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With rule changes, NHL responds to officiating controversies without overreacting

The GMs endorsed several rule changes Thursday night, including the implementation of additional coach's challenges that will strive to reduce the likelihood of the kind of officiating gaffes that clouded the post-season.

VANCOUVER – If the rule changes the NHL implemented today had been in place two months ago, it may have changed the entire complexion of the playoffs. First, the Vegas Golden Knights would have almost certainly been in the second round of the post-season. And the San Jose Sharks would have been out, which would have meant they wouldn’t have had the chance to win a game in Western Conference final on a hand pass.

Who knows how things would have turned out? Perhaps Vegas would have made another miracle run to the Stanley Cup final. Or not. The NHL can’t change the past, but it did take a serious attempt at ensuring it gets controversial calls right without slowing games to a crawl and creating a constant stream of video reviews that would have sucked the energy out of games.

All most people wanted was that the egregiously missed or misinterpreted calls be reviewable and that is what the league did with the rule changes that were endorsed by the GMs Thursday in Vancouver. Ask any self-help guru worth his or her salt and that person will say it’s important to respond rather than react. There’s a difference, and the NHL responded to an enormous problem here without overreacting.

Would it have changed the embarrassment the league suffered in Game 5 of the Stanley Cup final when an obvious missed call on the St. Louis Blues' Tyler Bozak directly led to the game-winning goal? No, because the league sees that as a judgment call and it still wants the human element to govern the game in that way. So these changes in no way will eliminate controversies because there will still be instances where an egregious foul will happen five feet in front of a referee without being called. It will only reduce them.

“Our officials are the best in the world in any sport,” said NHL commissioner Gary Bettman. “They have the most difficult job possible and overwhelmingly they do a great job, but there is a human element. Based on the speed of the game, things can get missed or gotten wrong. It happens infrequently, but as I acknowledged before Game 1 of the Stanley Cup final, we had some controversial plays at most inopportune times.”

The biggest change, of course, is the expansion of the coach’s challenge for goal calls on the ice that follow plays in the offensive zone that should have resulted in a play stoppage but did not. When the Sharks' Timo Meier used his hand to bat the puck to Gustav Nyquist who then passed it to Erik Karlsson for the overtime-winning goal in Game 3 of the Western Conference final, the play where Bettman said he thought his head was going to explode, the four officials who missed the hand pass were powerless to review it. That won’t happen anymore. And in Game 4 of the second round of the playoffs when the Columbus Blue Jackets scored after the puck hit the netting behind the Boston Bruins' net, that one would have been called back, too.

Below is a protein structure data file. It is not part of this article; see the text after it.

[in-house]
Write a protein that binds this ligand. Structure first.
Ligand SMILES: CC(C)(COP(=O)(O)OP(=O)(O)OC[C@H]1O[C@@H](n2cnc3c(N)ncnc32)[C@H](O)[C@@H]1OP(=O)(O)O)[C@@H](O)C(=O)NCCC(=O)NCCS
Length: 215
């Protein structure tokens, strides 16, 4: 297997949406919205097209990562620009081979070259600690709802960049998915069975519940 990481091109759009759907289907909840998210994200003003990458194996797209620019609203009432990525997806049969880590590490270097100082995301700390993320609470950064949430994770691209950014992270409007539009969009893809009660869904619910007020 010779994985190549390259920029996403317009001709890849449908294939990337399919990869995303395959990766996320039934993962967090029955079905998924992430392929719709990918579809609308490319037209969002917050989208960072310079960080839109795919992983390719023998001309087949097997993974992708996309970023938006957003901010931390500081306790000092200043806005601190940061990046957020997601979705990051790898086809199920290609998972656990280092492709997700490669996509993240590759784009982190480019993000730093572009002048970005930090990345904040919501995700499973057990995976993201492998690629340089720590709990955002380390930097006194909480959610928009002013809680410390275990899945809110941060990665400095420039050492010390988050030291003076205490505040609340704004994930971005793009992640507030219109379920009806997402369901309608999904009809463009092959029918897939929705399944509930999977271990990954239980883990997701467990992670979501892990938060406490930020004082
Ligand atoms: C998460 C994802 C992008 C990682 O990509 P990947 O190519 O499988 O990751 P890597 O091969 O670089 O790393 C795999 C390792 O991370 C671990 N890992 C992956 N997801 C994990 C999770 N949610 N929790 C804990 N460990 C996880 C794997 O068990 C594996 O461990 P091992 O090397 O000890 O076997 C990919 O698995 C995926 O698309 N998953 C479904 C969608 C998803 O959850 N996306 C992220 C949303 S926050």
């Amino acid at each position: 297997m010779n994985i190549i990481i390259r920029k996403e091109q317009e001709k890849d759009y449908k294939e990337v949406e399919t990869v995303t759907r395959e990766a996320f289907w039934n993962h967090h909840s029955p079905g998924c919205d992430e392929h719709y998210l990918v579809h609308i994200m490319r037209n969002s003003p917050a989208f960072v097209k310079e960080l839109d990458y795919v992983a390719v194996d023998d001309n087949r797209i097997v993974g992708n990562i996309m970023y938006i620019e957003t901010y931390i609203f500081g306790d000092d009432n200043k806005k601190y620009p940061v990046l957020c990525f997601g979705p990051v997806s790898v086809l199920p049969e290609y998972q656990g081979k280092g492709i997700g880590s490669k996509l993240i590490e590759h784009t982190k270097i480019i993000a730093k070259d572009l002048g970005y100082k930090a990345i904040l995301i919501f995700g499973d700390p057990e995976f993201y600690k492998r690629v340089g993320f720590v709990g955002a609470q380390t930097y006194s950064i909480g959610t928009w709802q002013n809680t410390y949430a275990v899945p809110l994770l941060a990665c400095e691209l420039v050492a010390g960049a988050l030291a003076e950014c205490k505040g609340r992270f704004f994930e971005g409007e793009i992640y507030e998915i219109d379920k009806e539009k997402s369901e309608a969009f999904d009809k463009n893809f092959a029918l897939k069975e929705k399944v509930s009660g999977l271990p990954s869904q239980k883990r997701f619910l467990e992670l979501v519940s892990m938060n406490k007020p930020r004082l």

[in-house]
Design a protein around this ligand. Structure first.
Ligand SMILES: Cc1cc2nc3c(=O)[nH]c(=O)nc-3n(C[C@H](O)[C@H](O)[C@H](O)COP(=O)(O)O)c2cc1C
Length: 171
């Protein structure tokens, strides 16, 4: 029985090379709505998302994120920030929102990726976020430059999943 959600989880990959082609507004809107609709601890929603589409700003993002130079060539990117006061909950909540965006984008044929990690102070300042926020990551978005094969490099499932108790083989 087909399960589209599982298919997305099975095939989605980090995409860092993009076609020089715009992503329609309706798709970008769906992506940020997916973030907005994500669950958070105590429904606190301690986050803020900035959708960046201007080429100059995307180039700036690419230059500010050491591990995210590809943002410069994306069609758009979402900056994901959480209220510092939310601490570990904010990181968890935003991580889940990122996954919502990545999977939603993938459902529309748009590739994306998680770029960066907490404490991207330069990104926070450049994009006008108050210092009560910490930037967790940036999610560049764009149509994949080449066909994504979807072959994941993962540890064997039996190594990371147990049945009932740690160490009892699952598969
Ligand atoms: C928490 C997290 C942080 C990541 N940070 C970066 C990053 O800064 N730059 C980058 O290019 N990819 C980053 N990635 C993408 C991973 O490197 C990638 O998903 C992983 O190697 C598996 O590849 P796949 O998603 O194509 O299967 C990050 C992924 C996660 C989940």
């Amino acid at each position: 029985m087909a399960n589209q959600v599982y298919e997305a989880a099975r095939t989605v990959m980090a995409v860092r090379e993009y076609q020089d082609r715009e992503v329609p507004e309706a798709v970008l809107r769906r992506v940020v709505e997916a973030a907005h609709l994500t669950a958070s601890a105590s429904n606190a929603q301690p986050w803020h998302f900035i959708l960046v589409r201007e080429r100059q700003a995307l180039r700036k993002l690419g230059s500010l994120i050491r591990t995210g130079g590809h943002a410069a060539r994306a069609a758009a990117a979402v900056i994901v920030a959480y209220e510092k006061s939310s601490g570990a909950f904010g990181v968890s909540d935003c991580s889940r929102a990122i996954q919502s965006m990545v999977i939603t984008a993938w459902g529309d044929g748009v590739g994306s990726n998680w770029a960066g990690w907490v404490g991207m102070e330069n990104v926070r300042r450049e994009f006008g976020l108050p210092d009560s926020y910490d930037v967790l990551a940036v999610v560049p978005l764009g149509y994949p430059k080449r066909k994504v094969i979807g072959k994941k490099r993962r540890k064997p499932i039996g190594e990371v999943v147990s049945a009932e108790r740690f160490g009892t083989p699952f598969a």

And now coaches can ask for challenges on these plays, as well as offside and interference on the goaltender, as often as they want, but unsuccessful challenges will be penalized with a minor penalty for the first one and a double minor for all subsequent ones.

The other major change is that now referees are required to do a review of every non-fighting major they assess. If they discover a major was not warranted, the penalty becomes a double minor. When Cody Eakin wiped out Joe Pavelski in Game 7 of the first round, he received a major penalty and the Sharks responded by scoring four power-play goals. Had that same incident occurred now, Eakin would have received a double minor and there’s a good chance the Sharks would have scored a maximum of two goals, not four.

There were a couple of other intriguing changes, including one which involves a player having to either replace his helmet or go back to bench when it comes off. So the Torey Krug helmetless hit on David Perron in Game 1 of the Stanley Cup final? Won’t happen again.

And there are a couple that should promote offense. Following an icing and at the start of a power play, the attacking team can choose which dot to take the faceoff, which will allow teams to send out their best faceoff man on his strong side. And when a team puts the puck out of play in the attacking zone, the faceoff will be at an inside dot, not the outside one. And if a goalie freezes the puck on a dump-in that comes from the other side of the red line, the defending team will not be allowed a line change.

“We have to do it cautiously,” Bettman said. “We have to do it in a way where we get it right as much as possible, without disrupting the essential flow of what is the most exciting, fast-paced game, with the most action and the best flow.”

-With files from Ryan Kennedy

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